Topless protest over garden ‘destruction’

Photo Neil Cross'Jam Imani Rad, 65, has spend �5,200 landscaping a communal garden area at his Gateway flats in Harrington Street, Preston, only to be told to rip it all out
Photo Neil Cross'Jam Imani Rad, 65, has spend �5,200 landscaping a communal garden area at his Gateway flats in Harrington Street, Preston, only to be told to rip it all out
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Dozens of people are set to take part in a topless protest in a bid to keep an under-threat garden intact.

Jam Imani Rad hit the headlines after claims bosses at Community Gateway Association asked him to take apart a garden he spent £5,200 creating outside his flat in Harrington Street, Preston.

Although he didn’t have permission, CGA is allowing him to keep the garden, apart from four items which it says pose electrical and structural risks. But Mr Rad claims he was told by CGA a statue of a naked woman must be removed because it is “offensive and indecent.”

Now friends want to strip off to create a human chain around it. CGA said claims that the statues are offensive have come from Mr Rad’s neighbours.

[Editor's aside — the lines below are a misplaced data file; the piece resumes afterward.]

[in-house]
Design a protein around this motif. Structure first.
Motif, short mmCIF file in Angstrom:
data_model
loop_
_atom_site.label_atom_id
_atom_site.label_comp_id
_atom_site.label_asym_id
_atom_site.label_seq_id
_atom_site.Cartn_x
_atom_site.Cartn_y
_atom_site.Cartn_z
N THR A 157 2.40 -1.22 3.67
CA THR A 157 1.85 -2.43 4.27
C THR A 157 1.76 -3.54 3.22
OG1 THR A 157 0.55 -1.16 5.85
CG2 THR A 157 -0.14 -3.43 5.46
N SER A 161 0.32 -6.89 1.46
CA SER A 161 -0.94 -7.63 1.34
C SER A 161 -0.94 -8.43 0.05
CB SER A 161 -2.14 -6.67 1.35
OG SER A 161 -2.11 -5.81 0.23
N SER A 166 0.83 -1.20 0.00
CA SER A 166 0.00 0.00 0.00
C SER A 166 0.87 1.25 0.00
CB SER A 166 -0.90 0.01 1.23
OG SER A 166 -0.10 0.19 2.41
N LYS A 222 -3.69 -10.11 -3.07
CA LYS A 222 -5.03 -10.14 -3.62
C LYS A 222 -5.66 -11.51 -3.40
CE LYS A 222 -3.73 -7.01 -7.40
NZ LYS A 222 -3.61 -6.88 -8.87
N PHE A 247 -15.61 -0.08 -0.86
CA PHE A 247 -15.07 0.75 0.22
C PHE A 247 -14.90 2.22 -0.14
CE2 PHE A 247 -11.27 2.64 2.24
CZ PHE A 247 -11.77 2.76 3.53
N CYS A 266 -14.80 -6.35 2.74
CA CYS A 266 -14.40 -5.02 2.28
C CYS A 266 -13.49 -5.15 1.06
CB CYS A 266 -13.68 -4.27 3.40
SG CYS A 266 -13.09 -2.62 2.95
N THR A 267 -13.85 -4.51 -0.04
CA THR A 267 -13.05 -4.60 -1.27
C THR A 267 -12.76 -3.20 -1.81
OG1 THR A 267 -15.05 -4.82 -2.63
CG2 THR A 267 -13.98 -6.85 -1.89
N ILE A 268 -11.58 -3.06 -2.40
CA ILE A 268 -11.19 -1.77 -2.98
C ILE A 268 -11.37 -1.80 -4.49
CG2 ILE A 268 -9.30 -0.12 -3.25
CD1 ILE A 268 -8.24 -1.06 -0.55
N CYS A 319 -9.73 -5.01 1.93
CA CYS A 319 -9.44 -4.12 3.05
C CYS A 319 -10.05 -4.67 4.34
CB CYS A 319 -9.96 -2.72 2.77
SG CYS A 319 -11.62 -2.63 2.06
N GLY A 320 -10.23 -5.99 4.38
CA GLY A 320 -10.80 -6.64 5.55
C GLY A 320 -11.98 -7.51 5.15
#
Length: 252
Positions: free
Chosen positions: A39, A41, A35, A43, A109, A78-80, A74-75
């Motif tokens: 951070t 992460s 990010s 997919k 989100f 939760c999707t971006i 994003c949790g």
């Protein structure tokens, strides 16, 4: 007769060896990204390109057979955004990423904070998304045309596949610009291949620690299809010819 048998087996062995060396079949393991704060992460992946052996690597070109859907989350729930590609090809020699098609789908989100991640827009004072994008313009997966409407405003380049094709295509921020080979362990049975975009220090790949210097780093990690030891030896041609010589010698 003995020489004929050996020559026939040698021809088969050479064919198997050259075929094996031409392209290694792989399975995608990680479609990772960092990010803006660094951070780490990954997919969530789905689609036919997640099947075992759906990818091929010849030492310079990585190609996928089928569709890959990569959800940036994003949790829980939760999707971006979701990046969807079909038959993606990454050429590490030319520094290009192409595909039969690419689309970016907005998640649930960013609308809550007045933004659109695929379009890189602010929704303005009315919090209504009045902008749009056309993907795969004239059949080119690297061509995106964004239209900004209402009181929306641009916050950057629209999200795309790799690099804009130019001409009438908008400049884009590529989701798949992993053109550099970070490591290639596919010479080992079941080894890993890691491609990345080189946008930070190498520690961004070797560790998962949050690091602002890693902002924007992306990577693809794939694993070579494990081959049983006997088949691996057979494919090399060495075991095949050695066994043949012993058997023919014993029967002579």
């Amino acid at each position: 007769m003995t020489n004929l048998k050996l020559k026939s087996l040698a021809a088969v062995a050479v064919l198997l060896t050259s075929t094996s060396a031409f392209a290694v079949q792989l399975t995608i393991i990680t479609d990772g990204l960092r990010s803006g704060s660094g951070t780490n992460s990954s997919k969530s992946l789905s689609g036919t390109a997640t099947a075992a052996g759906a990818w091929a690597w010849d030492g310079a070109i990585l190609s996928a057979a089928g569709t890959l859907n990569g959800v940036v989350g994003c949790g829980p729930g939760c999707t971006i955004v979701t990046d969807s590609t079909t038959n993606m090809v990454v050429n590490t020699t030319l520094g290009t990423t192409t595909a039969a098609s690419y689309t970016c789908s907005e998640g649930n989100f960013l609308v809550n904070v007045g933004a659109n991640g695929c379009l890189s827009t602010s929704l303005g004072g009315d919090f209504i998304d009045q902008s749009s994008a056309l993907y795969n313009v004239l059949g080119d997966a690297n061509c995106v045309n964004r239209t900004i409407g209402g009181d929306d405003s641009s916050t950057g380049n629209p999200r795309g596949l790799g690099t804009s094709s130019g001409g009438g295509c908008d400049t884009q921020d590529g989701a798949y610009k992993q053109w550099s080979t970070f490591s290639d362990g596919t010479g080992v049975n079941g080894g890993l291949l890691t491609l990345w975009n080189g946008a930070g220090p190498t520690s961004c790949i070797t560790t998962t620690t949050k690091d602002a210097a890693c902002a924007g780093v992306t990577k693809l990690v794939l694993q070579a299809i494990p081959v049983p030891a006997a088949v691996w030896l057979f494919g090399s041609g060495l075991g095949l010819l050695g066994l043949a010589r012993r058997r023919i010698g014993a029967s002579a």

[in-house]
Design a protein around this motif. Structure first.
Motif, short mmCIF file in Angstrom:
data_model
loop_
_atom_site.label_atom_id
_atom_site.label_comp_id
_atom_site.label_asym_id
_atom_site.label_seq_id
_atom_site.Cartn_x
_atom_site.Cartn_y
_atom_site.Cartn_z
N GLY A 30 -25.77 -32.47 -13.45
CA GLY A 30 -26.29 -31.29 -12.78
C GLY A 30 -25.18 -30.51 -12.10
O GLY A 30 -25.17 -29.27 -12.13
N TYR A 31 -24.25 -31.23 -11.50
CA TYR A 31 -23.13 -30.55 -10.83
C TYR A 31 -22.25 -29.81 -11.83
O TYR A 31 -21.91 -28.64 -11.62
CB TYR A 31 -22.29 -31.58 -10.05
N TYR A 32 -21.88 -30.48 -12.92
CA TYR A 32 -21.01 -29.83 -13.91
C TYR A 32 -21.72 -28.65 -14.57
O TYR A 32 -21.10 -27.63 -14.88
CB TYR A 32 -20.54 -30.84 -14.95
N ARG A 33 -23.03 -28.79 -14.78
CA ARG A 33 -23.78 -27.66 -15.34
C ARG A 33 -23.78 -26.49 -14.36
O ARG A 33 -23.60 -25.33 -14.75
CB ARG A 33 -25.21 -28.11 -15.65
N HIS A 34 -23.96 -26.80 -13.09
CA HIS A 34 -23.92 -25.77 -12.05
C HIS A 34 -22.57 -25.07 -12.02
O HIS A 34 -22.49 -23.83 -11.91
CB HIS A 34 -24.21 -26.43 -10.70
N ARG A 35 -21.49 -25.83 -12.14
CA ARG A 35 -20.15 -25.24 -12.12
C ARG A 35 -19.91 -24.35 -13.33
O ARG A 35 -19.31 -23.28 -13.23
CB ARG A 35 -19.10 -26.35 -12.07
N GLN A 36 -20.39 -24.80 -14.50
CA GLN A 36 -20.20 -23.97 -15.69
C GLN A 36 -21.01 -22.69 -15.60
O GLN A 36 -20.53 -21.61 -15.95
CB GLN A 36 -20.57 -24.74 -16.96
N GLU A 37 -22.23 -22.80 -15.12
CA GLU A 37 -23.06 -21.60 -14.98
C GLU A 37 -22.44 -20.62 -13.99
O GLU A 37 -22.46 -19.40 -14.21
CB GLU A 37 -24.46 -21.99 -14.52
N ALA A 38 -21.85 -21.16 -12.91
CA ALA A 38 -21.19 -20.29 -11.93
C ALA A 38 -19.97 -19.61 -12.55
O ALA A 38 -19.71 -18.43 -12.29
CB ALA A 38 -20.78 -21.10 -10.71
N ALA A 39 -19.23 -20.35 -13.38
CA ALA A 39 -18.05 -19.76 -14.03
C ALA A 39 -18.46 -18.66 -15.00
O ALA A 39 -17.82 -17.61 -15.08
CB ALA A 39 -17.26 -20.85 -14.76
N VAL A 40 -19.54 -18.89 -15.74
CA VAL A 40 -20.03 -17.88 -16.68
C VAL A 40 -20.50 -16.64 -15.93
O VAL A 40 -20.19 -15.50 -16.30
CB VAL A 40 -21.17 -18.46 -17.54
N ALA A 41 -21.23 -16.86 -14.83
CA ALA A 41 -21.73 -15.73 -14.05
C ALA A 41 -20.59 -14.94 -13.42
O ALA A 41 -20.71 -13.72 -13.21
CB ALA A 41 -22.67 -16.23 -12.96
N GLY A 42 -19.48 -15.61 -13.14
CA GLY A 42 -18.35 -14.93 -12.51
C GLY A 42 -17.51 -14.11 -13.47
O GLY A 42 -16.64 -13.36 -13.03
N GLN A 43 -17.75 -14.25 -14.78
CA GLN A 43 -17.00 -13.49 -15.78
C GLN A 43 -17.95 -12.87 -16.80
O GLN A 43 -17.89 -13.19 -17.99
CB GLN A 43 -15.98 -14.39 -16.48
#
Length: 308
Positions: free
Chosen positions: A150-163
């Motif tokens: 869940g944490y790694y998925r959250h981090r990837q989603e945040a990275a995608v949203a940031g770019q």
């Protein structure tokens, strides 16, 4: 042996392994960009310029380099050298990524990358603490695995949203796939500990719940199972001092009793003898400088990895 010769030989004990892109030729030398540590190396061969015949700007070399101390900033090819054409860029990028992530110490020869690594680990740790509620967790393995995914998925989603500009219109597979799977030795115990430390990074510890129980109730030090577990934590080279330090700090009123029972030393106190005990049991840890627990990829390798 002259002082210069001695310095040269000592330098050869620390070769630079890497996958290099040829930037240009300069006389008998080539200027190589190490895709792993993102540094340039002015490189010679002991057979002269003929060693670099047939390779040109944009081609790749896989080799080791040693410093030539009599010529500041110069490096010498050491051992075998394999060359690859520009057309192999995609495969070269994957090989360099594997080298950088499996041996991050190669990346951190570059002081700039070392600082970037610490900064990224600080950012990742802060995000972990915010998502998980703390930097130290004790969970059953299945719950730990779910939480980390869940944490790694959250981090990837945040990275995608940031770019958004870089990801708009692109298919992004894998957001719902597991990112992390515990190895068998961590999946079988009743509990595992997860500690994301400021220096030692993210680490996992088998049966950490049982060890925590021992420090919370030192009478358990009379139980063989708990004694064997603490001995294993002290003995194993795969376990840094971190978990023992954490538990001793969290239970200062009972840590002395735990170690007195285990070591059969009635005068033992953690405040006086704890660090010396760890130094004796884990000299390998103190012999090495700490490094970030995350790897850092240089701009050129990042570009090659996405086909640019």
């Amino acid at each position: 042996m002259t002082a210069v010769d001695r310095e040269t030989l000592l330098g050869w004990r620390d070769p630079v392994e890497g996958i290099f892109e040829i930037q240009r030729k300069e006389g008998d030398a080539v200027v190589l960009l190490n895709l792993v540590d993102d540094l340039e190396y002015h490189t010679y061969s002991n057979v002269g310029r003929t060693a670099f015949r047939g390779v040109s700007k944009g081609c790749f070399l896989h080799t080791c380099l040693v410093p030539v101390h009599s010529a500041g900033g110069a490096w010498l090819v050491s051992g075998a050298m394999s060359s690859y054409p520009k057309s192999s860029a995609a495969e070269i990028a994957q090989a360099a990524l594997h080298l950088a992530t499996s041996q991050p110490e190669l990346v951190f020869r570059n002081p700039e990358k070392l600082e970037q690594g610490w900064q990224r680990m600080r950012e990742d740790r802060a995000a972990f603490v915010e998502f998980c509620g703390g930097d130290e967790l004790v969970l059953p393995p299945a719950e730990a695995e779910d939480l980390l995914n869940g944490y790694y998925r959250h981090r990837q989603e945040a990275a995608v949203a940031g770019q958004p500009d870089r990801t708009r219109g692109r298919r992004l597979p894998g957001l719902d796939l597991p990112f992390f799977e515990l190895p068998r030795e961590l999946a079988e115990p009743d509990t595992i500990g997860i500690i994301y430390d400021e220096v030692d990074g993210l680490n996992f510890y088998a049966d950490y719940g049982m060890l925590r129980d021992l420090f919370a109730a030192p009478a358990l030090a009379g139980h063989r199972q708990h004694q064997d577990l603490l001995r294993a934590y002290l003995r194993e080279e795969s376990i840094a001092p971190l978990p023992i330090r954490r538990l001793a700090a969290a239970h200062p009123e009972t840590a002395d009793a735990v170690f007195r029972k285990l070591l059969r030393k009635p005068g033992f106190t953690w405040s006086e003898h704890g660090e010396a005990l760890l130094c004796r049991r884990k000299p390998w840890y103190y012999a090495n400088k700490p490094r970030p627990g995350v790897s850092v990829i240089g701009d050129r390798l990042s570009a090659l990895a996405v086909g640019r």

Mr Rad said he was thankful for the protest offer, but had worries about the affect it could have on the nearby Salvation Army Church.

He said: “My fear is that many people will turn up and the small garden does not have enough place to accommodate them so they go to next available space which is right in front of the church entrance topless. I am not a believer but I do have a lot of respect for peaceful practice of any belief.”

Mr Rad also claims he has been denied a copy of CGA’s gardening policy and has been told an official complaint made against the decision will not be dealt with.

CGA declined to comment on specific complaints, instead they referred to a statement which states: “We recognise that Mr Rad has carried out a lot of work to the communal garden, and we are always keen that tenants take pride in their homes and communities.

“Whilst we have asked Mr Rad to remove just four items from the garden, as we have concerns over the electrical and structural risks that these pose, we would like to be clear that we have not in any conversation, demanded that the entire garden be destroyed, nor will we.”

It continued: ”We are happy for the planting, borders and pathways to remain in place, but for the safety of Mr Rad and his neighbours, we are not able to allow those four items to stay. For the avoidance of doubt, and despite what we believe to be inaccurate and misleading reports, CGA has never asked that Mr Rad flatten, demolish or level the entire garden, and we are committed, as we always have been, to continuing conversations with Mr Rad and his neighbours.”